28 June 2011
UN HUMAN RIGHTS COMMISSIONER URGES AUSTRALIAN GOVERNMENT RETHINK OF INDIGENOUS PEOPLES AND ASYLUM SEEKERS
At the conclusion of her visit she praised Australia’s strong history of commitment to human rights at the international level, and its robust system of democratic institutions. The Australian Government’s efforts to promote the rights of persons with disabilities, as well as the rights of older persons were also singled out for special praise.
However Ms Pilay also raised the two ongoing issues of particular concern for which Australia was heavily criticised during the recent Universal Periodic Review in January - the treatment of Australia’s indigenous peoples and asylum-seekers. These two issues were raised by Edmund Rice International in its UPR submission.
Whilst welcoming advances that have been made in addressing some of the disadvantages faced by Aboriginal and Torres Strait Islander peoples she noted that those advances were "undermined by policies that fail to recognise the right to self-determination for indigenous people" She urged a fundamental rethink of the policy and "a major effort to ensure not just consultation with the communities concerned in any future measures, but also their consent and active participation."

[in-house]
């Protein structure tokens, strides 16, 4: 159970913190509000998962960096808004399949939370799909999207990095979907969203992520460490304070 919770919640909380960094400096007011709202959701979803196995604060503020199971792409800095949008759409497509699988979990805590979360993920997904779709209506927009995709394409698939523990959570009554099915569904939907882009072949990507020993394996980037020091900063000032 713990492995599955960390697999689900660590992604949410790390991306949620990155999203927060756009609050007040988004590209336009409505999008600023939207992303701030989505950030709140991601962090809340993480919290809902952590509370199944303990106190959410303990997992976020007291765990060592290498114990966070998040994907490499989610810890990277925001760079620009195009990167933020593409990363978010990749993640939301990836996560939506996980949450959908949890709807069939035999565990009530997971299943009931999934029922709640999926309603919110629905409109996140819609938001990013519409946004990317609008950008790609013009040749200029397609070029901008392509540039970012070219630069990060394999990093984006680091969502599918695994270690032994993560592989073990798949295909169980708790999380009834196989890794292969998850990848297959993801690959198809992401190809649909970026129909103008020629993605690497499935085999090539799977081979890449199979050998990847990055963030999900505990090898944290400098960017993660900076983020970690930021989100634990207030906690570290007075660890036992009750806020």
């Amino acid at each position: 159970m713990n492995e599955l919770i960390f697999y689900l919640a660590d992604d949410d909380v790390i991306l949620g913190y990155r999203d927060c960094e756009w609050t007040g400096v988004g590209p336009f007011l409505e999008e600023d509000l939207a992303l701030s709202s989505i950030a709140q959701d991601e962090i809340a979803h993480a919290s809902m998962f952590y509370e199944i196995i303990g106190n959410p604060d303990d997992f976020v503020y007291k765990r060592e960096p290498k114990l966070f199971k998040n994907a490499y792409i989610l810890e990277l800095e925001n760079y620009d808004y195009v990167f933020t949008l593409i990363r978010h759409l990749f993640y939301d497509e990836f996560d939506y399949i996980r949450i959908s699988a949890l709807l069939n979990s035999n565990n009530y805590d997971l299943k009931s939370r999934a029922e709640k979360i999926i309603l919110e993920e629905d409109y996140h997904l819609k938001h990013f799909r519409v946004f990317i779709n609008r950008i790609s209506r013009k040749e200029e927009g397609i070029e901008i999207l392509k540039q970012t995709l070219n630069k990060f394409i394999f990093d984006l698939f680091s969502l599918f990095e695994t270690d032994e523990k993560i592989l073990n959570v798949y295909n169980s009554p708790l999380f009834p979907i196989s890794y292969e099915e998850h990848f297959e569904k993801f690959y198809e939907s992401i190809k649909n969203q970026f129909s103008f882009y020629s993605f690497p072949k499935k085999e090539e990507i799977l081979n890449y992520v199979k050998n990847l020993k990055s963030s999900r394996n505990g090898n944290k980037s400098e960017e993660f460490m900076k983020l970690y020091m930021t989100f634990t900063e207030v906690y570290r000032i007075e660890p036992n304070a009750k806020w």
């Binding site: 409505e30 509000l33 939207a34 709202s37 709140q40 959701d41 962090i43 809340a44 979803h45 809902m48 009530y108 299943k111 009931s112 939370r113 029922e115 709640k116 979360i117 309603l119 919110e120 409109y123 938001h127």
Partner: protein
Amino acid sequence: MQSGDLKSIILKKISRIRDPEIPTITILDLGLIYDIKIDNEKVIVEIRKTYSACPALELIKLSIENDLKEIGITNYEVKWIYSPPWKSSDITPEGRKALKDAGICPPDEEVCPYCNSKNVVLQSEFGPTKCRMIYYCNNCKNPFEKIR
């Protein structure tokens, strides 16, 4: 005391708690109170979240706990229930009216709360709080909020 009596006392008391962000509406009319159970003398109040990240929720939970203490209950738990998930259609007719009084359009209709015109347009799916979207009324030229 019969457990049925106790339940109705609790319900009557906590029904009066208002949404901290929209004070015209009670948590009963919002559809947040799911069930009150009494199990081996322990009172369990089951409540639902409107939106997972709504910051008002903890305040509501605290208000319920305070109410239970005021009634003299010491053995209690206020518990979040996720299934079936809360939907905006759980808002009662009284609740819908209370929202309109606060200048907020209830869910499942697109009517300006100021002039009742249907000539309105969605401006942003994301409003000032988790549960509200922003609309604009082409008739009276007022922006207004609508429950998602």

In her discussions with the Prime Minister and the Minister for Immigration and Citizenship, Ms Pilay reiterated the long-standing concerns expressed by UN human rights treaty bodies that Australia’s mandatory immigration detention regime is in breach of Australia’s international human rights obligations - a policy has for many years cast a shadow over Australia’s human rights record.
She noted that thousands of men, women and – most disturbingly of all – children have been held in Australian detention centres for prolonged periods, even though they have committed no crime. This has led to suicides, self-harming and deep trauma.
She went on to point out the consequence of the "constant political refrain that Australia is being 'flooded' by people who are 'queue jumpers' has resulted in a stigmatization of an entire group of people, irrespective of where they have come from or what dangers they may have fled and urged the leaders of all Australia’s political parties to take a principled and courageous stand to break this ingrained political habit of demonizing asylum-seekers."
The full text of Ms Pilay’s comments can be found at the OHCHR website.